“Star” sees Bowie imagining himself already the star this album would make him, showing how his dreams of success might have begun while already showing them up as a naive fantasy. Changes of tempo and style make this one of the more complicated tracks. Allegedly the first track written by Bowie on arriving in America for his initial visit, “Hang on to Yourself” is a rousing exhortation to stay in control as you survive that groupie and chase your dreams. More great guitar and the first mention of the Spiders from Mars ‘moving like tigers on vaseline’. This leads on naturally to “Ziggy Stardust”, as the entire saga, the rise and fall of the leper (‘leather’?) messiah is played out. Ziggy played guitar… but made it too far. Having taken over the band, Ziggy drives his fans wild with his smile, hairstyle and left-handed playing. Eventually the crass kids kill him and the Spiders from Mars break up, but they’ll always have the memories of Ziggy… Bow!

Bowie played out this song in real life by announcing on stage ‘this is the last show we’ll ever do’ less than a year after the album was released. Ziggy had served his purpose, and it was on to new styles and personalities for Bowie.   Great though deceptively simple guitar-work, and the song comes full circle musically and lyrically. “Suffragette City” is all about the aural assault, the battery of guitars driving a story of lust over friendship in Clockwork Orange argot ‘droogie don’t crash here/there’s only room for one and here she comes and she comes…’ Wham bam thank you m’am indeed! Finally the pace if not the intensity is taken down in “Rock ‘n’ Roll Suicide”, a great piece that shows the after effect of fame. ‘I’ve had my share, I’ll help you with the pain… you’re not alone.’ That’s what young Bowie fans, especially those uncertain of sexuality wanted to hear. For all his artifice, an impassioned Bowie clearly believes in the emptiness and desperation he’s singing about here.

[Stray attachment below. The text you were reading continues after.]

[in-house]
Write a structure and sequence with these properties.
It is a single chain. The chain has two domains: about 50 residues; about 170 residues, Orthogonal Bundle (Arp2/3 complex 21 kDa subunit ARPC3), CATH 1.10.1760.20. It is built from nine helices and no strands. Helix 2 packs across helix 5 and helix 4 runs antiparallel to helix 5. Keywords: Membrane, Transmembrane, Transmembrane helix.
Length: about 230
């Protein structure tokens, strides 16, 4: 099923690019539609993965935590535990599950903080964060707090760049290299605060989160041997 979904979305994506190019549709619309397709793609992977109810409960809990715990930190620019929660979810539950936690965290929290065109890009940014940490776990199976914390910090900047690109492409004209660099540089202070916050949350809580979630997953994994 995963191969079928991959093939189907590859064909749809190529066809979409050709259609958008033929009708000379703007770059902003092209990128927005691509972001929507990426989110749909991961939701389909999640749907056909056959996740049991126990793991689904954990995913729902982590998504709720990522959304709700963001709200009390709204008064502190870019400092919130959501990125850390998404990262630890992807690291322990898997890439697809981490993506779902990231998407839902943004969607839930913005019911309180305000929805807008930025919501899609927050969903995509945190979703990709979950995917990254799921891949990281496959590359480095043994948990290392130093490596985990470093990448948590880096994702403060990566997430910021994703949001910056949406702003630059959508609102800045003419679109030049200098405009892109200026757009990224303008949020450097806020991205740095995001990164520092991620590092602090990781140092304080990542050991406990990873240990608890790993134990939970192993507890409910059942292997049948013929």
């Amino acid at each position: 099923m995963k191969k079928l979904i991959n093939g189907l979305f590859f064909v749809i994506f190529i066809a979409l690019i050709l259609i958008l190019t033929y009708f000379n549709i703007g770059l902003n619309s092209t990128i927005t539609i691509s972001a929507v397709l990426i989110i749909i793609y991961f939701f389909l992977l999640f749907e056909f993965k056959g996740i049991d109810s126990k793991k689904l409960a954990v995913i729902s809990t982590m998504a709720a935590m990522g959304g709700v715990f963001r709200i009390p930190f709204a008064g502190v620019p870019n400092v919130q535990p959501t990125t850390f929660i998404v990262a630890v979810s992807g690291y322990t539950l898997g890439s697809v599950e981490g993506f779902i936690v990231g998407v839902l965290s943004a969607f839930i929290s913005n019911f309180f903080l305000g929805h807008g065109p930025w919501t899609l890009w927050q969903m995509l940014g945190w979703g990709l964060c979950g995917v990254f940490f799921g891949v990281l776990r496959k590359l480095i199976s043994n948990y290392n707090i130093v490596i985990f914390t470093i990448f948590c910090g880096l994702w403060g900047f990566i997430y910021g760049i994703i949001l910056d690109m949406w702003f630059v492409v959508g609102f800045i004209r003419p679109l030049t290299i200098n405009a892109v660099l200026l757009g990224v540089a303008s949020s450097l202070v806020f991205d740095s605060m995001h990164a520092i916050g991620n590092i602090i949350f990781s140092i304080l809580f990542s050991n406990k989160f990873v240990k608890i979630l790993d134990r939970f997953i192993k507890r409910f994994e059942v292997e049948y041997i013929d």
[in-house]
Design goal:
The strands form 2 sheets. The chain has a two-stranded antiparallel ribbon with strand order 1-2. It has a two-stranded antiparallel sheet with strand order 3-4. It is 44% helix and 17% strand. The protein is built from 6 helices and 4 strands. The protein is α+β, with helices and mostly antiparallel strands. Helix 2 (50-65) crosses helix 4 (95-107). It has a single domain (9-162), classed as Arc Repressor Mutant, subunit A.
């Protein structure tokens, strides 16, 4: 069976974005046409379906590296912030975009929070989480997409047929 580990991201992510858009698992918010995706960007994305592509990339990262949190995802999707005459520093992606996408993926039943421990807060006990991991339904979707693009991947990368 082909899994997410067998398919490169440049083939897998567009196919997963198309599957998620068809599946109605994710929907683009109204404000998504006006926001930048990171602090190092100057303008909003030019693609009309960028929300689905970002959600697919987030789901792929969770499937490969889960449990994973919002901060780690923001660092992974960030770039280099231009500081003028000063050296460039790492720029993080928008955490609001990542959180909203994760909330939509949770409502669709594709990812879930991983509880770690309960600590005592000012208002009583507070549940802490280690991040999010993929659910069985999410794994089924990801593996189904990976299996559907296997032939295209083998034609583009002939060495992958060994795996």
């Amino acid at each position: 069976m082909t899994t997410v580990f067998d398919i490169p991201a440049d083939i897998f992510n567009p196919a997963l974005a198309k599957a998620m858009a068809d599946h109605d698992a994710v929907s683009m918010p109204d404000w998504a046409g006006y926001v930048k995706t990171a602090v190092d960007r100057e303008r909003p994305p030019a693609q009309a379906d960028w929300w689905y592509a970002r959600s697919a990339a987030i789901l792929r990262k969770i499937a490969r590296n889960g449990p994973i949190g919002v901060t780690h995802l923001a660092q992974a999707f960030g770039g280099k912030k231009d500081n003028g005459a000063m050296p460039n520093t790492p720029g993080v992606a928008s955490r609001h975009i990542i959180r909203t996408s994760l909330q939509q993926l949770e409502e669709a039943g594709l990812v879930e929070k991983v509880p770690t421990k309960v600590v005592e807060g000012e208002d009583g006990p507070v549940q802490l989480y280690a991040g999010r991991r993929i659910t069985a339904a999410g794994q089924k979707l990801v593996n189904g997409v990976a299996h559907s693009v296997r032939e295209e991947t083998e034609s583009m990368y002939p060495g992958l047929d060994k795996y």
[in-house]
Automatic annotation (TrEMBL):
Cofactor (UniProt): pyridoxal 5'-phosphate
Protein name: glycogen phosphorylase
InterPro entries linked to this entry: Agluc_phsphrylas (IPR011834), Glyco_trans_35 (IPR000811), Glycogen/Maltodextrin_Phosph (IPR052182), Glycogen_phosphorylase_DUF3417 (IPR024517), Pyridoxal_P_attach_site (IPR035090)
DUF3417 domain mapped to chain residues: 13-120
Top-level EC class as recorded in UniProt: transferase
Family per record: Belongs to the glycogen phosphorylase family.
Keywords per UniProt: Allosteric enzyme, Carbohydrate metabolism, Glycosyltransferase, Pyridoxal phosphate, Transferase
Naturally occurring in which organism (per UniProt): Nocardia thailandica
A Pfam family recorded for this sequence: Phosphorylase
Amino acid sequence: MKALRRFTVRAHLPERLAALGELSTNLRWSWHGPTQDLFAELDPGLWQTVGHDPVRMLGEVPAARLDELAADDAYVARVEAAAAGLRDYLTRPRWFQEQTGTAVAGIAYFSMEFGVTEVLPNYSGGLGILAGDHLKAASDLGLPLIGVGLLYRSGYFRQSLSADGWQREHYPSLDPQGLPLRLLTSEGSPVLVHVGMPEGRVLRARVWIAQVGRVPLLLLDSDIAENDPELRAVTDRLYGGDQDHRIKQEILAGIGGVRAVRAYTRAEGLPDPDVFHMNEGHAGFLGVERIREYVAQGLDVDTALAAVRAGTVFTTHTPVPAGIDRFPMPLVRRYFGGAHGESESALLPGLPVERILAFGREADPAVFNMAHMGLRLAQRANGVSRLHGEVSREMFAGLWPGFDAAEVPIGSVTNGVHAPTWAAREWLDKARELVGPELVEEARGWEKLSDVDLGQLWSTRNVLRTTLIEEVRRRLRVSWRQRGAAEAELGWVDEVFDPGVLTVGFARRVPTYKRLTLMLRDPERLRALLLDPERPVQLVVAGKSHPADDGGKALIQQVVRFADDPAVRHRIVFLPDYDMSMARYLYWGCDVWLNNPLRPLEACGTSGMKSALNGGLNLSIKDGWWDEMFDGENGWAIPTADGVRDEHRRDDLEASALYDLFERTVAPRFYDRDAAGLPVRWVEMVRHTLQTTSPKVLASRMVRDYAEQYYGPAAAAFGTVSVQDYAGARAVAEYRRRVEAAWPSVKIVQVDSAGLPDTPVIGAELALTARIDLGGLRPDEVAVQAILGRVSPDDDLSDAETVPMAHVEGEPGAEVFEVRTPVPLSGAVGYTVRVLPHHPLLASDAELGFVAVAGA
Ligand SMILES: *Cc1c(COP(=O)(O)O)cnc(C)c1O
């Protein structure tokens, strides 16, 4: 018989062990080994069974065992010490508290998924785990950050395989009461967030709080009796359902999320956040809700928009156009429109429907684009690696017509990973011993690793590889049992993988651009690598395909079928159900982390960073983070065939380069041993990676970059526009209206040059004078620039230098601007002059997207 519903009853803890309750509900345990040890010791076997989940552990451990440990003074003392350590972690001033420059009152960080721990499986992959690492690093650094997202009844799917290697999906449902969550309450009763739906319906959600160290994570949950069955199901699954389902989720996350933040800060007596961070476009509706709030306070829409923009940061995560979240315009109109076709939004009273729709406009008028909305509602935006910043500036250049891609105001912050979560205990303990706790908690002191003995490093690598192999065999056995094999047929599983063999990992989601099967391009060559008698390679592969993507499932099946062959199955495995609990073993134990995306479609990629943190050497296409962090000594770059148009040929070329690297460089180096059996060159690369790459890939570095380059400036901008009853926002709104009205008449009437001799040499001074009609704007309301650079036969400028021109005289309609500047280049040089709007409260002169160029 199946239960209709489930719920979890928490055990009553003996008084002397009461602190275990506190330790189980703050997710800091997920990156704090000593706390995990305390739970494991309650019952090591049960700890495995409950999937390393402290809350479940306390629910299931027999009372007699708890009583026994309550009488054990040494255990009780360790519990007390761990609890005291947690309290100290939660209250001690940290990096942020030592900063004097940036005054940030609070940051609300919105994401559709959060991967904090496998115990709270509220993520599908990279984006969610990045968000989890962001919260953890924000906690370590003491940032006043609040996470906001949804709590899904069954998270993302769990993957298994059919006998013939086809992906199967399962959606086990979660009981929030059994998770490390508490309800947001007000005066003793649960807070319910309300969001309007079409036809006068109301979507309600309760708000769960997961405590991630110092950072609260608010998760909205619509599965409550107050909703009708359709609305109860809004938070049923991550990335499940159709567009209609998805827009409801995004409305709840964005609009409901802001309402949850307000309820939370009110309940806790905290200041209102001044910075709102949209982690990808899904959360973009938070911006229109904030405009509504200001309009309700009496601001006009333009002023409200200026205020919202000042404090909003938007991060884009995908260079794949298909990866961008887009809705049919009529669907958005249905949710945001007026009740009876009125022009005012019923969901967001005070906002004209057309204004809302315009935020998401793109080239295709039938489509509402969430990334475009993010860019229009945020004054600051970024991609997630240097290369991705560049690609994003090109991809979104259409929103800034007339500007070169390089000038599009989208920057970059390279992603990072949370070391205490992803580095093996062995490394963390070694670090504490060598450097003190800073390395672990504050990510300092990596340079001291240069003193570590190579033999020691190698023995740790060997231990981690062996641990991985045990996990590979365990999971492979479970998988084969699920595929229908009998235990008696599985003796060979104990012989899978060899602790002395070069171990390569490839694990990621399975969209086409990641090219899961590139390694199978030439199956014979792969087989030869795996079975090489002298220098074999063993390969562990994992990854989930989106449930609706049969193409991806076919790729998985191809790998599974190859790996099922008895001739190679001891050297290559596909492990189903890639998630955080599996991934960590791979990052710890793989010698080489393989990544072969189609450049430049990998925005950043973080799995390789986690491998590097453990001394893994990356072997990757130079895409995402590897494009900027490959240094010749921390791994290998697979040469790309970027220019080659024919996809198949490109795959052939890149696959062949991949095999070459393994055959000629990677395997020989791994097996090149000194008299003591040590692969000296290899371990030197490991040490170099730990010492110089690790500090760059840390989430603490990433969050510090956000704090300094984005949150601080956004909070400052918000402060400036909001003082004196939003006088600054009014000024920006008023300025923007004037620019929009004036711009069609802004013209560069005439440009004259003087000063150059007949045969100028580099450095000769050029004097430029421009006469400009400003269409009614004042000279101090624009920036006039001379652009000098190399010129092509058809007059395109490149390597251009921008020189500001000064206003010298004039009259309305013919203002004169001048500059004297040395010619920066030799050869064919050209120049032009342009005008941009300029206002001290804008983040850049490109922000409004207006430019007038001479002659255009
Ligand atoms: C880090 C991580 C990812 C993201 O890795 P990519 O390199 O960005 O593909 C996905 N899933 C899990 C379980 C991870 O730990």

A final word about the quality of the musicians. Mick Ronson’s guitar work is justly praised, but the bass section of Bolder and Woodmansey kept it tight no matter what style or mood the singer was exploring. You can ignore all the messages and get down and boogie.

Aladdin Sane and Diamond Dogs explore more of Bowie’s on stage theatricality. American styles and themes are explored in Station to Station and Young Americans. Brian Eno and German electronica influenced the Berlin trilogy of Lodger, Hero and Low. If you prefer the more straightforward rock and roll work backwards to Hunky Dory and The Man Who Sold the World.

I recommend them all!

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Eric says:

I’m a role-player and board gamer with over 30 years experience. My earliest popular music memories are of my parents’ Beatles records and my sister’s Abba tapes. I didn’t discover David Bowie until the Scary Monsters and Super Creeps album with the memorable Ashes to Ashes video. The best place to find me on the internet is as Red Wine Pie at RPGGeek. I check in nearly every day!